Friday, March 14, 2008

Indian Ocean Countries Signal Closer Ties

The Courier Magazine (, a magazine of the Africa, Caribbean, Pacific and EU Co-operation and Relations, has carried an article on the recent Colloquium of the Indian Ocean Commission which took place in Seychelles between 4th and 6th March 2008. Below we carry the full story courtesy of The Courier Magazine.

"Indian Ocean countries signal closer ties

05/03/2008 - Debra Percival

Meeting to look at IOC shipping links © M Percival

Closer links between Indian Ocean countries have been signalled by a high level meeting in the Seychelles, March 4-6.

A colloquium “Globalisation and regional integration: the future of the Indian Ocean Commission (IOC)”, is looking at how opening of world makets harbours both challenges and opportunities for the region. It is organised by President of Seychelles, James Michel who is current IOC President.

Founded in 1984, the IOC includes ACP nations Comoros, Mauritius, Madagascar and the Seychelles and French islands of Reunion and Mayotte.

Experts, donors, regional and international bodies and the private sector are studying how to make regional ties stronger among IOC, in particular shipping and airlinks.

“Developing our shipping and air links between the countries of the sub-region and beyond is of fundamental importance to us, as without this basic infrastructure and networks, the objective of deepening regional integration will remain elusive,” Barry Faure, Ambassador of Seychelles in Brussels told ‘the Courier.’

He added: “For the moment our sub-region only has a few airlines serving regular schedules but these are rare and flying from one island to the other can take days in certain cases.Also, global developments are happening that affect the development and viability of the airlines in the region, which depend primarily on tourism traffic from Europe as their revenue mainstay.”

Shipping is in the same boat: “Whilst there is regular traffic, mostly by foreign operated vessels, some of the ports of the region (unlike Seychelles) suffer from a lack of capacity where congestion is quite severe, and costs can be much higher to certain destinations (like to Seychelles) because certain shipping lines monopolise the traffic,” said Ambassador Faure.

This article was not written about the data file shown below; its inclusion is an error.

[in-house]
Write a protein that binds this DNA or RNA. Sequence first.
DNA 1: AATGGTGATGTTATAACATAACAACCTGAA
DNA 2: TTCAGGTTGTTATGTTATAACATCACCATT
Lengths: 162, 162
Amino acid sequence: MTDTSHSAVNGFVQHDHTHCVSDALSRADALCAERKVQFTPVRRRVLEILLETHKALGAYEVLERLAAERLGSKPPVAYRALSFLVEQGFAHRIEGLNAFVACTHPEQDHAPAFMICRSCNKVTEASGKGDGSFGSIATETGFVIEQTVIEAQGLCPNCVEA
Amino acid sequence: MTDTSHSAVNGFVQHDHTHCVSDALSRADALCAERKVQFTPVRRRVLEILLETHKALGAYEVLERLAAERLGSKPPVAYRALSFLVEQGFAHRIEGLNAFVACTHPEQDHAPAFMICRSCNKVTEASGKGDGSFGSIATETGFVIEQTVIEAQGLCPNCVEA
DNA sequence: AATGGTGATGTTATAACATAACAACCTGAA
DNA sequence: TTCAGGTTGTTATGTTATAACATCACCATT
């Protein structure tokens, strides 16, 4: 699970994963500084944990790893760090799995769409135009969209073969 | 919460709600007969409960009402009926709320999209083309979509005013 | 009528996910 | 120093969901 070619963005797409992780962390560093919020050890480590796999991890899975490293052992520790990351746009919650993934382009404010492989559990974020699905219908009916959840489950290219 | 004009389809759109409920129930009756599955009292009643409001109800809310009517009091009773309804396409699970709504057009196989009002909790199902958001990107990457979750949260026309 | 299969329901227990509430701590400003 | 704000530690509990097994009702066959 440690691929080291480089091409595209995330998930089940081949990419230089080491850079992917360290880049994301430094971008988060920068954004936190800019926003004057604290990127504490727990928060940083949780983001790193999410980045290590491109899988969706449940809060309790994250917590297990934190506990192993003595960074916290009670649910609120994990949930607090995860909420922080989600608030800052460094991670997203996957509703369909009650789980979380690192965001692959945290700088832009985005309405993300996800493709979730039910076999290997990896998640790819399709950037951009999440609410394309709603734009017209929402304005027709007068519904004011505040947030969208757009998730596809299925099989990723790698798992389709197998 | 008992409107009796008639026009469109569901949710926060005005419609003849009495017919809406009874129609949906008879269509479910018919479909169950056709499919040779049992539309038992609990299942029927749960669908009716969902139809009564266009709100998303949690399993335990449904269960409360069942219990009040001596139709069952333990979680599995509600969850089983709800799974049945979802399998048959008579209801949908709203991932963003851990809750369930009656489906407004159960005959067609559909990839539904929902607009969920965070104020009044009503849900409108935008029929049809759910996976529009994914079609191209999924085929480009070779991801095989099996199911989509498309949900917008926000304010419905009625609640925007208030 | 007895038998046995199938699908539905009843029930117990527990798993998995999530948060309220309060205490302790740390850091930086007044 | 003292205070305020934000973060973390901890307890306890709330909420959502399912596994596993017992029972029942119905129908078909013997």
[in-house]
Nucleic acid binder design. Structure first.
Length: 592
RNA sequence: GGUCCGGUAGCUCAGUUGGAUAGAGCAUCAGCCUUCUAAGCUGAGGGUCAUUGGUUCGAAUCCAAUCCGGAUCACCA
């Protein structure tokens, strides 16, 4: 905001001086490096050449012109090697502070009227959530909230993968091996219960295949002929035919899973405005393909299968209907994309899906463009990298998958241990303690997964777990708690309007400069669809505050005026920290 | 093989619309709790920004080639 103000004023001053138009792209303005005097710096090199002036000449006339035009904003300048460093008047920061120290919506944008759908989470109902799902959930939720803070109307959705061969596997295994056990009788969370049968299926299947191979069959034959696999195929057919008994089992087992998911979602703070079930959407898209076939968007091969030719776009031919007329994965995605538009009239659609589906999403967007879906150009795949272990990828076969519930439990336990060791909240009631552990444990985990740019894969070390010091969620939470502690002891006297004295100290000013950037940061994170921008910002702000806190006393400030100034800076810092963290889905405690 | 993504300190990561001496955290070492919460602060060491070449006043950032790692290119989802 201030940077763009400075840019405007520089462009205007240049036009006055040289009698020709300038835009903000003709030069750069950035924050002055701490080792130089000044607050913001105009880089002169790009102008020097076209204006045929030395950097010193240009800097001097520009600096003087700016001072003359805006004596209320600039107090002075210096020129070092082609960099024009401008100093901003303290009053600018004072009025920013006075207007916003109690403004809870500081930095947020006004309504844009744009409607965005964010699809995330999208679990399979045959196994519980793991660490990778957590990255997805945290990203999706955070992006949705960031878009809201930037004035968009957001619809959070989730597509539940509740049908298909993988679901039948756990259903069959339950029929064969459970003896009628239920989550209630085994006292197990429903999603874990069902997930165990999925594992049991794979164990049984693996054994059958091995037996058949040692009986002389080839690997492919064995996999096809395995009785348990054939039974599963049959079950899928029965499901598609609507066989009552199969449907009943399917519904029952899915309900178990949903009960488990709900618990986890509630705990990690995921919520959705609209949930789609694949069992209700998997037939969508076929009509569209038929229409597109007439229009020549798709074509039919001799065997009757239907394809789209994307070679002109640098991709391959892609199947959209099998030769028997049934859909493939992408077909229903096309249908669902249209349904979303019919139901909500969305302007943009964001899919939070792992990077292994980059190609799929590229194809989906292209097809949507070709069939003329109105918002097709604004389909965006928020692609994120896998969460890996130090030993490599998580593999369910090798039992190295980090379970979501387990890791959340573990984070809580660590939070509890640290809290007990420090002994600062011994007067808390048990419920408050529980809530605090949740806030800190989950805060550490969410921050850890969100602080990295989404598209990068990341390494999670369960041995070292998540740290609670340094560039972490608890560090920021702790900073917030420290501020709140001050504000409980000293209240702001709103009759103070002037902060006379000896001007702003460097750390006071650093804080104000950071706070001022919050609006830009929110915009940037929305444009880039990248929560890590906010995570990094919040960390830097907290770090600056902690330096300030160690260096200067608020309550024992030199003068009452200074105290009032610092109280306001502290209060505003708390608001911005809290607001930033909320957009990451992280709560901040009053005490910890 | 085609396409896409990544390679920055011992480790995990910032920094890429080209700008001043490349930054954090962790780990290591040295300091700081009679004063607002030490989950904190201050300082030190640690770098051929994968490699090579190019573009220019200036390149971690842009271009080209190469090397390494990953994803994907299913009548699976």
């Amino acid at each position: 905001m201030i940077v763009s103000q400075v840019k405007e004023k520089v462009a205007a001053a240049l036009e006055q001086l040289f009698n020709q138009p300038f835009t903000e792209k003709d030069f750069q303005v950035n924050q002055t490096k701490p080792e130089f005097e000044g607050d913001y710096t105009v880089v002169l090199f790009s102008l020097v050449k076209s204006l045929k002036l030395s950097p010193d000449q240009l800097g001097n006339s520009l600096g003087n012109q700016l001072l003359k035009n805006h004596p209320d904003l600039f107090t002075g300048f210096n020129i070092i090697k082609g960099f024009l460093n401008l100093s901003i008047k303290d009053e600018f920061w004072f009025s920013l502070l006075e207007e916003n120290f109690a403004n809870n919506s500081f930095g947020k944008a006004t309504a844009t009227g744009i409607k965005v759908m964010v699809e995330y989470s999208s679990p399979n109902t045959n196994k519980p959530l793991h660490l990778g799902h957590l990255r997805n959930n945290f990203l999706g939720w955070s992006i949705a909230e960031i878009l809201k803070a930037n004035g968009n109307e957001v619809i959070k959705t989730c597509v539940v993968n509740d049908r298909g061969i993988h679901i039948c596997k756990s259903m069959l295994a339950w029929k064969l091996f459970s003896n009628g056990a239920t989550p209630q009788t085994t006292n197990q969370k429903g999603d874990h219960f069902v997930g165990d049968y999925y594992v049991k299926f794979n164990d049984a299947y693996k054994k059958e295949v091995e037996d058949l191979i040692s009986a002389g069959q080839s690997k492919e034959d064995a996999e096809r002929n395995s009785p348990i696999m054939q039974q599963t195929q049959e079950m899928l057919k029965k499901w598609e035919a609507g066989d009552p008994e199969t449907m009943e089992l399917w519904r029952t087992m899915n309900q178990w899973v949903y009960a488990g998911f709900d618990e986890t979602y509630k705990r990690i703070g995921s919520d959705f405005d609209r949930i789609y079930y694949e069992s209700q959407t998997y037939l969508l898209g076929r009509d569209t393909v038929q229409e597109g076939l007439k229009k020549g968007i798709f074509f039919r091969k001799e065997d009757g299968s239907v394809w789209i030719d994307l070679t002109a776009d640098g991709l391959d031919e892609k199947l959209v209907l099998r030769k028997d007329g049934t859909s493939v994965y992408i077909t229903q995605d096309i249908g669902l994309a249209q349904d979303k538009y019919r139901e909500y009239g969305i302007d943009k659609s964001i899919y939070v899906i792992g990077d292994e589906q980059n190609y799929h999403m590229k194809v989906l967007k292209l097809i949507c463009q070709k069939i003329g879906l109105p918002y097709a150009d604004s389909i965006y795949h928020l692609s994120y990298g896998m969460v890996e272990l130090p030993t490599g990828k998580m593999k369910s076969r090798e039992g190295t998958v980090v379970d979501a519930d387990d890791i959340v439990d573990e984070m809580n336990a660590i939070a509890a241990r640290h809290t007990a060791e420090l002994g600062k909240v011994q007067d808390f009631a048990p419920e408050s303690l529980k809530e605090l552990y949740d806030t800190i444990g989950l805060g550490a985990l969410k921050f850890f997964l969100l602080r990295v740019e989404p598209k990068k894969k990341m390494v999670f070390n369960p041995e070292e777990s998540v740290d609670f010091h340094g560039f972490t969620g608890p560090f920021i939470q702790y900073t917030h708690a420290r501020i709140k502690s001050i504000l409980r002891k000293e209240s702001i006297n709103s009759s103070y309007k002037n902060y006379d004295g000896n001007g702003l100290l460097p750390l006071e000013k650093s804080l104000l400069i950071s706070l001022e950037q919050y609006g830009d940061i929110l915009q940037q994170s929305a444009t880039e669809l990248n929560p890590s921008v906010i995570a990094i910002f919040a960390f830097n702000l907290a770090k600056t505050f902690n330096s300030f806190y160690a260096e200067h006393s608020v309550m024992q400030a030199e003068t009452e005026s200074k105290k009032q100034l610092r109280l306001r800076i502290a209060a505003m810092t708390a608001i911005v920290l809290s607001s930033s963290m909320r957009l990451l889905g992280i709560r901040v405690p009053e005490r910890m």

This week’s event is ahead of a meeting of IOC Council of Ministers March 27-28, which is expected to take on board recommendations made.

The EU has recently concluded “goods only” European Partnership Agreements (EPAs) with the four ACP states in the IOC. Negotiations with the EU are expected to continue in 2008 to conclude fully-fledged EPAs to broaden trade cooperation.

The EPA negotiations, explained Ambassador Faure, had heightened interest in the role and status of the IOC in building regional and trade cooperation in the East and Southern Africa sub-region which had, “hitherto been on the back-burner.”

When it became clear in October 2007 that the East and Southern Africa region would not be able to conclude an EPA with the EC by the end of 2007, President Michel called for a extraordinary meeting in the Seychelles of all four ACP Member States of the IOC with France Reunion as an observer to form a sub-group in the ESA region to to defend the interests of the island states and avoid trade disruption with the non-Least developed Countries (LDCs) in the IOC, Mauritius and Seychelles. This led the way to the initialling of the “goods only” interim agreements with the IOC four.

Ambassador Faure said there was also increased scope for the IOC four to step up cooperation with the French island of Reunion. Reunion already has cooperation agreements with individual IOC states in the fields of tourism, fisheries, the environment, land use management, education and martime surveillance and control."

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